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Am Fam Physician. 2022;105(3):250-261

Patient information: See related handout on what parents should know about heart murmurs in children, written by the authors of this article.

This clinical content conforms to AAFP criteria for CME.

Author disclosure: No relevant financial relationships.

Up to 8.6% of infants and 80% of children have a heart murmur during their early years of life. The presence of a murmur can indicate conditions ranging from no discernable pathology to acquired or congenital heart disease. In infants with a murmur, physicians should review the obstetric and family histories to detect the possibility of congenital heart pathologies. Evaluation by a pediatric cardiologist is indicated for newborns with a murmur because studies show that neonatal murmurs have higher rates of pathology than in older children, and neonatal murmur characteristics are more difficult to evaluate during examination; referral is preferred over echocardiography. All infants, with or without a murmur, should have pulse oximetry screening to detect underlying critical congenital heart disease. In older children, most murmurs are innocent and can be followed with serial examinations if there are no findings of concern. Findings in older children that warrant referral include diastolic murmurs, loud or harsh-sounding murmurs, holosystolic murmurs, murmurs that radiate to the back or neck, or signs or symptoms of cardiac disease. Referral to a pediatric cardiologist is indicated when a pathologic murmur is suspected. Electrocardiography, chest radiography, and other tests should not be reflexively performed as part of all murmur evaluations because these tests can misclassify a murmur as innocent or pathologic, and they are not cost-effective. Emerging technologies include phonocardiography interpretation of murmurs and artificial intelligence algorithms for differentiating innocent from pathologic murmurs.

Heart murmurs are a common finding in children and the most frequent cause for referral to a pediatric cardiologist.14 The lifetime incidence of murmurs in children is high, with most children experiencing a murmur. Most murmurs are transient and of minor clinical significance.5,6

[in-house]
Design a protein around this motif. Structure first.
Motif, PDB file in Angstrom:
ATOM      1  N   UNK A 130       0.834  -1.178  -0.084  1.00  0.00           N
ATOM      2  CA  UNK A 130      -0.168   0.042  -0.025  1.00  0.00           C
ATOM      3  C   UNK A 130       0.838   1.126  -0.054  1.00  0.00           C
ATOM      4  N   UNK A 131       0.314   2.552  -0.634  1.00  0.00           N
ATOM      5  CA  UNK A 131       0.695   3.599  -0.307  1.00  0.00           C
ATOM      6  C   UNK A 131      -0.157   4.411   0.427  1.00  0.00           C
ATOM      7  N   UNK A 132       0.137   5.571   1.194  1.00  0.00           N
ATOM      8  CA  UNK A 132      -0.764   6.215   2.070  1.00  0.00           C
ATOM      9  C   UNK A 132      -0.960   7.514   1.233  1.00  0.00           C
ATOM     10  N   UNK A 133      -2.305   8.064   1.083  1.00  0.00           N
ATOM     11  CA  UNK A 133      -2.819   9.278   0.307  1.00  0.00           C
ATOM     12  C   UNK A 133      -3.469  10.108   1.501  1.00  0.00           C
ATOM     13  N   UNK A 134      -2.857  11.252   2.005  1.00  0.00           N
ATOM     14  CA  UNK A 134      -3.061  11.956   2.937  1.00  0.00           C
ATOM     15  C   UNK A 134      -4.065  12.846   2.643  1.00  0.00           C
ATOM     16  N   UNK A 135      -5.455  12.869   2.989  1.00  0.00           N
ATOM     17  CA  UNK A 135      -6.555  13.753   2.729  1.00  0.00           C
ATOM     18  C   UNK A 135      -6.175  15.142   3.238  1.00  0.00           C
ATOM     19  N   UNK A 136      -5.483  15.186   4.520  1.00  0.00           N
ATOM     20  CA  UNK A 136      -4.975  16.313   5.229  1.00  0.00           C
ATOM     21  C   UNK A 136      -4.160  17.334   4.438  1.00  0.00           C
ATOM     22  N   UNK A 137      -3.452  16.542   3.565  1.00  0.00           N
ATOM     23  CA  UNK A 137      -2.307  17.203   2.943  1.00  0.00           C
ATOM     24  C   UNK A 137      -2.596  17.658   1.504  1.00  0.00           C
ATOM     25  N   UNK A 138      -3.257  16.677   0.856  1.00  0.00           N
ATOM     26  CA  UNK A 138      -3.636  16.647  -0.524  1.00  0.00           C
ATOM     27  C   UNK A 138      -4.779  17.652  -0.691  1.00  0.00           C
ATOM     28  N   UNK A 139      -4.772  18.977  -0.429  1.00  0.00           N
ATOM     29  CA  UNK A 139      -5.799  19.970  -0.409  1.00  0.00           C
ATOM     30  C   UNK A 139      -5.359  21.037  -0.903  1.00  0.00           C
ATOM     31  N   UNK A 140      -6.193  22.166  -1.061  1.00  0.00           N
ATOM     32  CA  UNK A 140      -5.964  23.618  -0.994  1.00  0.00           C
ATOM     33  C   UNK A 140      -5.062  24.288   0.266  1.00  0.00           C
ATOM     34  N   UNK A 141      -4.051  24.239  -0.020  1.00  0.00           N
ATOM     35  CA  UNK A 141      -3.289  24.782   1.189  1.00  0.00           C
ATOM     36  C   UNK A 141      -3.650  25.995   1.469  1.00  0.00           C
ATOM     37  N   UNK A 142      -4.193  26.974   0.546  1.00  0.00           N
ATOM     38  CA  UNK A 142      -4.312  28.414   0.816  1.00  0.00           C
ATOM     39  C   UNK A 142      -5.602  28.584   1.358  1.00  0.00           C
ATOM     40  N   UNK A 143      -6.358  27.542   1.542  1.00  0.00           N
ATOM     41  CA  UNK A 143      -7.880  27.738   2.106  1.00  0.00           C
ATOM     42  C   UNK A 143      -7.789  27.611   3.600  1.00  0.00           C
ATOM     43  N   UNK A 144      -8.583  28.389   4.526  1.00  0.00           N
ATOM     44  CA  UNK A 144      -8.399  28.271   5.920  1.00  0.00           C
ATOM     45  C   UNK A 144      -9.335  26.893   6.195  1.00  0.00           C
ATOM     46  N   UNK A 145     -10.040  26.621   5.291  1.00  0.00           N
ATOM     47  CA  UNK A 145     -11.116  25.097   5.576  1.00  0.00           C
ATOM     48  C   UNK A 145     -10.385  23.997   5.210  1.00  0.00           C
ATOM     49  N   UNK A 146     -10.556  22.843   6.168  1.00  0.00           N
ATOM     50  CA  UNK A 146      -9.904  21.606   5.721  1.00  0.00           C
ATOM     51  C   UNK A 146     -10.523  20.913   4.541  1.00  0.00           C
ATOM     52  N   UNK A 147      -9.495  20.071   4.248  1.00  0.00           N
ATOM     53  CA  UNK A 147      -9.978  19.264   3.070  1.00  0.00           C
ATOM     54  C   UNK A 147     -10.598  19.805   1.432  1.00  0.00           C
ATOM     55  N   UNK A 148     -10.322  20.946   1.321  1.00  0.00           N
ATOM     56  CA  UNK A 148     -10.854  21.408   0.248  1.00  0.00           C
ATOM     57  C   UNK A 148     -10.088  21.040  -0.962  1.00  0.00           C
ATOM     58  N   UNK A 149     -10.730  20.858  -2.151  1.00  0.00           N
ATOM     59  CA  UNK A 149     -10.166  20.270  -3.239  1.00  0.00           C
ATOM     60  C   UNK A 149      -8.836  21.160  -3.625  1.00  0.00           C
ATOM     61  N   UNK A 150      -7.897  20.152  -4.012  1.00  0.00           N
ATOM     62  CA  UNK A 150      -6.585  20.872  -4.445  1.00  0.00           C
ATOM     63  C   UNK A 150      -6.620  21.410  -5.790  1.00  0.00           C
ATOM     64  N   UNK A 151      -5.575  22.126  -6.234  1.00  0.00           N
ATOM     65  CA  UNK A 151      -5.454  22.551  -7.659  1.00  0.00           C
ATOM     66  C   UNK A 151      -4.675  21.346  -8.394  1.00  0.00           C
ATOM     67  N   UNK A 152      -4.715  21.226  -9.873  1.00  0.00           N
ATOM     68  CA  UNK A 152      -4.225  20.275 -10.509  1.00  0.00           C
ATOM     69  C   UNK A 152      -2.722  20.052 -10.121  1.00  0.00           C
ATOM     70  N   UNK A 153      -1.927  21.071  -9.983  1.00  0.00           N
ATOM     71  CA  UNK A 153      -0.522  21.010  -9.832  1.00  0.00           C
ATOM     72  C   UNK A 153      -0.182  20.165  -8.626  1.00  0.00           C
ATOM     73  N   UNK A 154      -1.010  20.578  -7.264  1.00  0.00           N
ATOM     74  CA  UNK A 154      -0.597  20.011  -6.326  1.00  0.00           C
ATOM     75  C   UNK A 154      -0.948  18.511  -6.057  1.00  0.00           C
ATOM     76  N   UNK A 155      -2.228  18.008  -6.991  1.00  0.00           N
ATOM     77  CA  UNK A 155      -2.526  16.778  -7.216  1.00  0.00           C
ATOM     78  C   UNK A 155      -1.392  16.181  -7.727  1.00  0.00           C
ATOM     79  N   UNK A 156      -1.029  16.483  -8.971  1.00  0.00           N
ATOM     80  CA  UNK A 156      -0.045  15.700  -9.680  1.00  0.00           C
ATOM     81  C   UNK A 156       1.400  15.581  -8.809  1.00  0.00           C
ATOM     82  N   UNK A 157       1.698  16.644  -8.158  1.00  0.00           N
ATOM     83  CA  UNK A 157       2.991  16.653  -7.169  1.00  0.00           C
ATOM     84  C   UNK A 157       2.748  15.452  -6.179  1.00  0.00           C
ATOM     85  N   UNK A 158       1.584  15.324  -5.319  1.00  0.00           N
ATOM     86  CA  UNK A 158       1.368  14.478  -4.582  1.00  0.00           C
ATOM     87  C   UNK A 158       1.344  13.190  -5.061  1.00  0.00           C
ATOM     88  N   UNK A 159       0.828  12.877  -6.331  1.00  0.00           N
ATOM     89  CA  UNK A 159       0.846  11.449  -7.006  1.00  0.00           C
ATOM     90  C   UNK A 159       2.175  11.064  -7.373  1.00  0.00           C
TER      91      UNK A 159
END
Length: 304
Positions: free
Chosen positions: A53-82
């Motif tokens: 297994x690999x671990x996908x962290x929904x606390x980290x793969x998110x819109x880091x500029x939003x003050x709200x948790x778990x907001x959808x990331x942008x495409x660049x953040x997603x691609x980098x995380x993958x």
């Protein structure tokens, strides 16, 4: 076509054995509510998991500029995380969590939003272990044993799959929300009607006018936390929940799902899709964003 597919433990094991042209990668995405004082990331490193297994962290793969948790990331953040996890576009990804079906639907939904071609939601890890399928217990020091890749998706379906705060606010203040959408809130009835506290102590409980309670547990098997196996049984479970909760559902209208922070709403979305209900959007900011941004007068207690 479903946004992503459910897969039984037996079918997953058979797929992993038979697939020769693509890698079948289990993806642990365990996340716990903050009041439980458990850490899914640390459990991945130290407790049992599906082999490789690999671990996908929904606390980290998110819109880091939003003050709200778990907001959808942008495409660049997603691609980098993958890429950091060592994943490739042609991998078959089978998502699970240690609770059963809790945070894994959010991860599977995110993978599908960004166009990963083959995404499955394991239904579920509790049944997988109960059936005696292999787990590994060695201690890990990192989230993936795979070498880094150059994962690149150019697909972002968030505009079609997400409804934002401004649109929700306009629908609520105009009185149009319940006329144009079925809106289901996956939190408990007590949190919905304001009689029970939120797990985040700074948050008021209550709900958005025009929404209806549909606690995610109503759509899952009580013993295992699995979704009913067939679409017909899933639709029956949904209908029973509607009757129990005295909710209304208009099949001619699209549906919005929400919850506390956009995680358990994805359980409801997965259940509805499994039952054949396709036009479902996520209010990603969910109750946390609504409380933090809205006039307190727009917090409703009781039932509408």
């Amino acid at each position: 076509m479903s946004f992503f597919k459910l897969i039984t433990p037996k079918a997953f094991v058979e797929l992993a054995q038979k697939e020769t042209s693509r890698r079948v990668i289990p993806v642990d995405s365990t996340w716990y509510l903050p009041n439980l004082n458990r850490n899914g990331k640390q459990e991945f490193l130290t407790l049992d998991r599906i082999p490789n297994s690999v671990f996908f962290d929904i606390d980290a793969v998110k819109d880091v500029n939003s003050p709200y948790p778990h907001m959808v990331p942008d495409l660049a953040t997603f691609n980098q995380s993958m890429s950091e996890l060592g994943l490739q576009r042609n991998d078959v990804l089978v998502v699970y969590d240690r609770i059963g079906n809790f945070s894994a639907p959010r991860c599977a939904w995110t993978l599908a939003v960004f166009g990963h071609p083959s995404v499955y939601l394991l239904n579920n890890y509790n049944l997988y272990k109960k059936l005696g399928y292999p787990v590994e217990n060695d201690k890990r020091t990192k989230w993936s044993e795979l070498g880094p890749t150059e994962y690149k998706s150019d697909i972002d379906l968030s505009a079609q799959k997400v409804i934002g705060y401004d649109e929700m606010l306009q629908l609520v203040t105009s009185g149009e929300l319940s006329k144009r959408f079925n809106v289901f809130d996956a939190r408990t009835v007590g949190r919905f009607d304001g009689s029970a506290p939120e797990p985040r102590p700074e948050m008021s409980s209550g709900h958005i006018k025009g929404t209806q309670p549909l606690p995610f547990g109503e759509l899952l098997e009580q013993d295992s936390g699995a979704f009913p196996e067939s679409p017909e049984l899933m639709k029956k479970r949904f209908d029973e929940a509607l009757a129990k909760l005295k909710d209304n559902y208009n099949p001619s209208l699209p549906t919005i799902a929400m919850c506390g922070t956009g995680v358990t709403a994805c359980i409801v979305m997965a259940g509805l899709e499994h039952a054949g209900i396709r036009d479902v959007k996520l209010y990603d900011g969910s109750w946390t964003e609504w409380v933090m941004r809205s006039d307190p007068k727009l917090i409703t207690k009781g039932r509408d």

RecommendationSponsoring organization
Do not repeat echocardiography in patients who are stable and asymptomatic with a murmur or click, where a previous examination revealed no significant pathology.American Society of Echocardiography

Despite the high prevalence of murmurs and the frequency with which physicians encounter them, evidence shows that physicians’ cardiac auscultation skills are suboptimal.79 In one study, physician examination had a 79.7% sensitivity and 88.5% specificity for discerning pathologic from innocent murmurs (positive predictive value = 87%; negative predictive value = 81.8%).10 However, there is variation based on specialty and training level.11,12

Heart Murmur Physiology and Terms

Murmurs result from perturbations in blood flow from pressure gradients or velocity changes that cause turbulent blood flow and vibration.1316 The vibration is transmitted through the pericardium and chest wall and into the stethoscope. When the vibratory component is strong enough, a tactile vibration on the chest wall is noticeable as a cardiac thrill.

Murmur intensity increases with increasing cardiac output and decreases in the presence of pericardial effusions, decreased cardiac output, or increases in subcutaneous tissue (e.g., obesity). The ability to hear a murmur and feel a thrill depends on the clinician’s sensory abilities.9,17,18

Innocent murmurs are commonly referred to as flow murmurs, physiologic murmurs, or functional murmurs. In contrast, pathologic murmurs are associated with congenital or acquired structural heart disease and often require medical or procedural interventions.